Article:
Researchers at the University of Georgia have designed an AI-powered, voice-activated backpack that can help the visually impaired navigate and perceive the world around them.
Potentially eliminating the need for guide dogs and canes, the backpack helps detect common challenges such as traffic signs, hanging obstacles, crosswalks, moving objects and changing elevations, while running on a low-power, interactive device.
Currently, visual assistance systems for navigation are limited and range from Global Positioning System-based, voice-assisted smartphone apps to camera-enabled smart walking stick solutions. But these systems lack the depth perception necessary to facilitate independent navigation.
The new system is housed inside a small backpack containing a host computing unit, such as a laptop. A vest jacket conceals a camera, and a fanny pack is used to hold a pocket-size battery pack capable of providing approximately eight hours of use. A Luxonis OAK-D spatial AI camera can be affixed to either the vest or fanny pack, then connected to the computing unit in the backpack. Three tiny holes in the vest provide viewports for the OAK-D, which is attached to the inside of the vest.
A Bluetooth-enabled earphone lets the user interact with the system via voice queries and commands, and the system responds with verbal information. As the user moves through their environment, the system audibly conveys information about common obstacles including signs, tree branches and pedestrians. It also warns of upcoming crosswalks, curbs, staircases and entryways.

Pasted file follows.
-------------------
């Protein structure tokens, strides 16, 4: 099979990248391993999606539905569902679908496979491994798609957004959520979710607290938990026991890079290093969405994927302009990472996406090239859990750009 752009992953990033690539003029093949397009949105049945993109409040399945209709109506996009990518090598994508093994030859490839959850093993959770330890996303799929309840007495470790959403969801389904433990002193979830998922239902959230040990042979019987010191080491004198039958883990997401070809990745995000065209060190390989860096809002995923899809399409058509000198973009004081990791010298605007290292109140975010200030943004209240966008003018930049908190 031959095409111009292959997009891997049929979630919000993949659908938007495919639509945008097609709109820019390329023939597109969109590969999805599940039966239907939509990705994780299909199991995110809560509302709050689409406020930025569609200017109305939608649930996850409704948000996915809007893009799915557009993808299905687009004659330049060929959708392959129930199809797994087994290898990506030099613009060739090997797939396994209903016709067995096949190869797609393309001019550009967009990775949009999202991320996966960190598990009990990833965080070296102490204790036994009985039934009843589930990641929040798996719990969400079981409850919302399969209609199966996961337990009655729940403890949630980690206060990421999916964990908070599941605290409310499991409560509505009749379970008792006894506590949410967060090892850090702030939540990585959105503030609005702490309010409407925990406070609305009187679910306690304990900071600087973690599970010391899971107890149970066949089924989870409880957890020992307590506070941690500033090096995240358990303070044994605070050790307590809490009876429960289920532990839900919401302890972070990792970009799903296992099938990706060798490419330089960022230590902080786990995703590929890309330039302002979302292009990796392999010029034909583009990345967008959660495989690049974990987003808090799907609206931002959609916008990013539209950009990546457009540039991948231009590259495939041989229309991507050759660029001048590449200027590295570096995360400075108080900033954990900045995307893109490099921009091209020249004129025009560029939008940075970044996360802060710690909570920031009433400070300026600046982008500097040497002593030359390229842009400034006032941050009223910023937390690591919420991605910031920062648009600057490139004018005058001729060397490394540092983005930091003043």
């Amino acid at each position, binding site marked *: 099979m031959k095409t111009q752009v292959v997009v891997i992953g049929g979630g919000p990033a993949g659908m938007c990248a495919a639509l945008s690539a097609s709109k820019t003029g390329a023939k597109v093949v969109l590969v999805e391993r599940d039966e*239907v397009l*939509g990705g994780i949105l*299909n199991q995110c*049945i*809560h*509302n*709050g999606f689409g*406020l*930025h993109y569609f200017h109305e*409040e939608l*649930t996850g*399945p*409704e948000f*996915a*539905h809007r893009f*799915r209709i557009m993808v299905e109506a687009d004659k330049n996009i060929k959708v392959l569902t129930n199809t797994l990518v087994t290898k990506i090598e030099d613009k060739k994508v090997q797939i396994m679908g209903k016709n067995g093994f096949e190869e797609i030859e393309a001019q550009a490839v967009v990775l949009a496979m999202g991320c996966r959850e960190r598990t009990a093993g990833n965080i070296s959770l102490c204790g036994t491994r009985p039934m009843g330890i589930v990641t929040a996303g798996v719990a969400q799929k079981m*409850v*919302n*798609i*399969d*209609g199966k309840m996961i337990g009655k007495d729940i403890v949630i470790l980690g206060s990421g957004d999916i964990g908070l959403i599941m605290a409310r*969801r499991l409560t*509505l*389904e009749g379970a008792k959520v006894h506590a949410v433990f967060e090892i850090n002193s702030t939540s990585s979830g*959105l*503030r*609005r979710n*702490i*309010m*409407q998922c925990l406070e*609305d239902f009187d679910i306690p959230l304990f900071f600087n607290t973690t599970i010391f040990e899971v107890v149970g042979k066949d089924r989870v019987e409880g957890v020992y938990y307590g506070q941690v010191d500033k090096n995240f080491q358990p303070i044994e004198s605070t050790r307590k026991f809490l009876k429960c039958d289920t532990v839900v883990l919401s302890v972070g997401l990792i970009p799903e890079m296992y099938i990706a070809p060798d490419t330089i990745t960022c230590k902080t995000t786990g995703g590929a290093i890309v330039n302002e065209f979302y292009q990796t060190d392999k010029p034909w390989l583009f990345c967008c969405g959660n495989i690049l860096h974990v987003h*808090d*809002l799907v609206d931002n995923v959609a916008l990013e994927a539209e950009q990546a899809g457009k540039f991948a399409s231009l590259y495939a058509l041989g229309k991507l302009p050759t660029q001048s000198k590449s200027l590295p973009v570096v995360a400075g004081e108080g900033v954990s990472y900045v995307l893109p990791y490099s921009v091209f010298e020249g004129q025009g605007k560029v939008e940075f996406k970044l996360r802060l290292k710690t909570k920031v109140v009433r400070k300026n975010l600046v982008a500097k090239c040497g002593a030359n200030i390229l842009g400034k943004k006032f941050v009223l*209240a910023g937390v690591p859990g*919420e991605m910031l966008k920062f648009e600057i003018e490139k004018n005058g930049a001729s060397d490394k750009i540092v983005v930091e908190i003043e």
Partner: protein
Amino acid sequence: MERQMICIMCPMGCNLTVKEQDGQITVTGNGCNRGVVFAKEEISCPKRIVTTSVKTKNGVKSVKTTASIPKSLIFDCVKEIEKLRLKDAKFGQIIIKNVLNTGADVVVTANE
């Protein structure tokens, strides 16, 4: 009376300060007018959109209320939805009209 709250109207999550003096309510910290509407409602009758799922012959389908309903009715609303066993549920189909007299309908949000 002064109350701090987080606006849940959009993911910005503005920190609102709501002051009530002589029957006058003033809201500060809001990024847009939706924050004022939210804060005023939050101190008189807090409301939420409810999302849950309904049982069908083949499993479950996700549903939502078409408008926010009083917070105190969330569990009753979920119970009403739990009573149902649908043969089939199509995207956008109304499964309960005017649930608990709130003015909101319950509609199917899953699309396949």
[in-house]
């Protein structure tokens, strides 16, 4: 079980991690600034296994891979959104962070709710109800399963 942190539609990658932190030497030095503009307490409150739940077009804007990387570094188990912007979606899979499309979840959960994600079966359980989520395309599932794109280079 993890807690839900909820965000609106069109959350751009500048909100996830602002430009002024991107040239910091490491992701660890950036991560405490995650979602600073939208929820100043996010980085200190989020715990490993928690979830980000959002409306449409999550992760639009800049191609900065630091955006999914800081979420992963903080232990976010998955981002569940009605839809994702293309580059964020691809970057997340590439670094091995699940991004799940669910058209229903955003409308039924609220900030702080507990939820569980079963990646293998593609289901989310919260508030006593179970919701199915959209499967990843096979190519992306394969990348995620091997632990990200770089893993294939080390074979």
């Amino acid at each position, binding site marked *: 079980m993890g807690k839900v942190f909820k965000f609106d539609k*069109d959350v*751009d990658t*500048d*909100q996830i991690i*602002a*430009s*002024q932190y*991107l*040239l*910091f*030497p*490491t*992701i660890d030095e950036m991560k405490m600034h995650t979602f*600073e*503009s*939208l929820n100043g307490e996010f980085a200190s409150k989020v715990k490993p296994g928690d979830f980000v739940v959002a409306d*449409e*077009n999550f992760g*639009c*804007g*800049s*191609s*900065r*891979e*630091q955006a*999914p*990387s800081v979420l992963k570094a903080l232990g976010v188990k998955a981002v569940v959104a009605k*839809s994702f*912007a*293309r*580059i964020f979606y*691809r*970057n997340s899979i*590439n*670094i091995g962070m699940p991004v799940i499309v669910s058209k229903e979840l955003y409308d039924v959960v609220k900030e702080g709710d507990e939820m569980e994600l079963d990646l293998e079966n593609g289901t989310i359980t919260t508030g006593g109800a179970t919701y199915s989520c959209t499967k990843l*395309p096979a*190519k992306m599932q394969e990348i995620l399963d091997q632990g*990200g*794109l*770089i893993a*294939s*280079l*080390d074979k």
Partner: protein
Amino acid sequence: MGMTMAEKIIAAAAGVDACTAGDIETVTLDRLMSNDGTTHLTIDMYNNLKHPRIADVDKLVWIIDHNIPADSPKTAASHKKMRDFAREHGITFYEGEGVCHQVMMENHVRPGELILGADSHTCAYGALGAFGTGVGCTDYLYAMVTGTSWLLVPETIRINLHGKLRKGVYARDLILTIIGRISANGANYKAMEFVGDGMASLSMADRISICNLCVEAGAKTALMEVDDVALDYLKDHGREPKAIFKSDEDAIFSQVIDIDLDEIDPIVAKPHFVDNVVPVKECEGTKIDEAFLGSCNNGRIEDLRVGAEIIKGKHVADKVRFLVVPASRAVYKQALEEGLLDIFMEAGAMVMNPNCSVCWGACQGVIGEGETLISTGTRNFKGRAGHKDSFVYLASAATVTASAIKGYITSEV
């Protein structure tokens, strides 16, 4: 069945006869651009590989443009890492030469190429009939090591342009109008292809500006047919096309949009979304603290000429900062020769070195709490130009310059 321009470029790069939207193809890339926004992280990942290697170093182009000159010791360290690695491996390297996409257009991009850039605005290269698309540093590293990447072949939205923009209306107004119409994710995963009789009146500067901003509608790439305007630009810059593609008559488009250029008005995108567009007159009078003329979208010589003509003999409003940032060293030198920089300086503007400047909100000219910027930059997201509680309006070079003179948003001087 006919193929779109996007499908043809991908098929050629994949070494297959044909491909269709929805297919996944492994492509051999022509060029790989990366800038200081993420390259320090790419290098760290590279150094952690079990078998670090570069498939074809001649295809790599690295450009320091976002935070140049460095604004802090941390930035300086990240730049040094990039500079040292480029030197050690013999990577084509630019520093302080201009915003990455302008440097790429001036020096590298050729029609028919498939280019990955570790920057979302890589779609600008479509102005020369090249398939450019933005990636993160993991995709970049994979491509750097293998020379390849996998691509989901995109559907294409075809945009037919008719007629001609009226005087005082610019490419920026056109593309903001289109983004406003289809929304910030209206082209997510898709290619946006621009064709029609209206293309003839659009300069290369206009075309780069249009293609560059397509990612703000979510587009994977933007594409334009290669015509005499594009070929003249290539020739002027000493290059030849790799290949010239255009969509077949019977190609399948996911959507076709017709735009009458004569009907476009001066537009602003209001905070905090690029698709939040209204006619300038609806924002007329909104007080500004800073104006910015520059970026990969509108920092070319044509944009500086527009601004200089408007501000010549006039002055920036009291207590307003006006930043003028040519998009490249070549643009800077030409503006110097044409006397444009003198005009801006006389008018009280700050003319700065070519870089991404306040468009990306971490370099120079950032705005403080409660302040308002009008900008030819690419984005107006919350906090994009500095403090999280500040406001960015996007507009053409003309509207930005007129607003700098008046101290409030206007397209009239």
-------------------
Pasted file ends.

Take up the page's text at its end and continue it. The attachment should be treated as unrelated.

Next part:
The OAK-D unit is a versatile and powerful AI device that runs on Intel Movidius VPU and the Intel® Distribution of OpenVINO™ toolkit for on-chip edge AI inferencing. It is capable of running advanced neural networks while providing accelerated computer vision functions and a real-time depth map from its stereo pair, as well as color information from a single 4k camera.
Developer Jagadish K. Mahendran at the Institute for Artificial Intelligence, University of Georgia said; “Last year when I met up with a visually impaired friend, I was struck by the irony that while I have been teaching robots to see, there are many people who cannot see and need help. This motivated me to build the visual assistance system with OpenCV’s Artificial Intelligence Kit with Depth (OAK-D), powered by Intel.”
Mahendran plans on open-sourcing the technology and publishing a research paper about the work.